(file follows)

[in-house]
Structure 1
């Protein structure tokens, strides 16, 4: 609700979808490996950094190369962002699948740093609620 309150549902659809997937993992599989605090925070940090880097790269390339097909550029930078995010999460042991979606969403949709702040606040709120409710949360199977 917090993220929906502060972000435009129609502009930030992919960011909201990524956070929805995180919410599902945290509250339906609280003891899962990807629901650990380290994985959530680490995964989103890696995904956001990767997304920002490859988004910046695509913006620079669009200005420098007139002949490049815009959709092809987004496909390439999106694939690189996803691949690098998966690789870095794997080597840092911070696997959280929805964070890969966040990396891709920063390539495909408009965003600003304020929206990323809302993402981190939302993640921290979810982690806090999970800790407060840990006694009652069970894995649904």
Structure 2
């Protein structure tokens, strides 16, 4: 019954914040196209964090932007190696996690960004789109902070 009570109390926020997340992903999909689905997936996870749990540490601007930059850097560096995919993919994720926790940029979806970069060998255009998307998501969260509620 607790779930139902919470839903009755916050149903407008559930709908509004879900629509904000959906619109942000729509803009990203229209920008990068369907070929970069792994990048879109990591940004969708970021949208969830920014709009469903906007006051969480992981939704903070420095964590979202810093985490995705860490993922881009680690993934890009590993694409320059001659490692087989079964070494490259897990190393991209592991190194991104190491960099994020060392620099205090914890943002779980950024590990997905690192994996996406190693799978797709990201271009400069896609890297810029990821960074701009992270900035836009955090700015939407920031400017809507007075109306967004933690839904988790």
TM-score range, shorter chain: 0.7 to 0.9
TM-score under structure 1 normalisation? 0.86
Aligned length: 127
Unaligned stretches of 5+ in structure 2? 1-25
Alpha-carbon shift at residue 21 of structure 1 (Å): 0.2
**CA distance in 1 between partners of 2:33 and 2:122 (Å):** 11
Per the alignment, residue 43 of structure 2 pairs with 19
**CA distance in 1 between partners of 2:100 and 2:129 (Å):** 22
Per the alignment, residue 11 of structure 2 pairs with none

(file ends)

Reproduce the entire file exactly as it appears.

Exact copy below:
[in-house]
Structure 1
């Protein structure tokens, strides 16, 4: 609700979808490996950094190369962002699948740093609620 309150549902659809997937993992599989605090925070940090880097790269390339097909550029930078995010999460042991979606969403949709702040606040709120409710949360199977 917090993220929906502060972000435009129609502009930030992919960011909201990524956070929805995180919410599902945290509250339906609280003891899962990807629901650990380290994985959530680490995964989103890696995904956001990767997304920002490859988004910046695509913006620079669009200005420098007139002949490049815009959709092809987004496909390439999106694939690189996803691949690098998966690789870095794997080597840092911070696997959280929805964070890969966040990396891709920063390539495909408009965003600003304020929206990323809302993402981190939302993640921290979810982690806090999970800790407060840990006694009652069970894995649904």
Structure 2
């Protein structure tokens, strides 16, 4: 019954914040196209964090932007190696996690960004789109902070 009570109390926020997340992903999909689905997936996870749990540490601007930059850097560096995919993919994720926790940029979806970069060998255009998307998501969260509620 607790779930139902919470839903009755916050149903407008559930709908509004879900629509904000959906619109942000729509803009990203229209920008990068369907070929970069792994990048879109990591940004969708970021949208969830920014709009469903906007006051969480992981939704903070420095964590979202810093985490995705860490993922881009680690993934890009590993694409320059001659490692087989079964070494490259897990190393991209592991190194991104190491960099994020060392620099205090914890943002779980950024590990997905690192994996996406190693799978797709990201271009400069896609890297810029990821960074701009992270900035836009955090700015939407920031400017809507007075109306967004933690839904988790």
TM-score range, shorter chain: 0.7 to 0.9
TM-score under structure 1 normalisation? 0.86
Aligned length: 127
Unaligned stretches of 5+ in structure 2? 1-25
Alpha-carbon shift at residue 21 of structure 1 (Å): 0.2
**CA distance in 1 between partners of 2:33 and 2:122 (Å):** 11
Per the alignment, residue 43 of structure 2 pairs with 19
**CA distance in 1 between partners of 2:100 and 2:129 (Å):** 22
Per the alignment, residue 11 of structure 2 pairs with none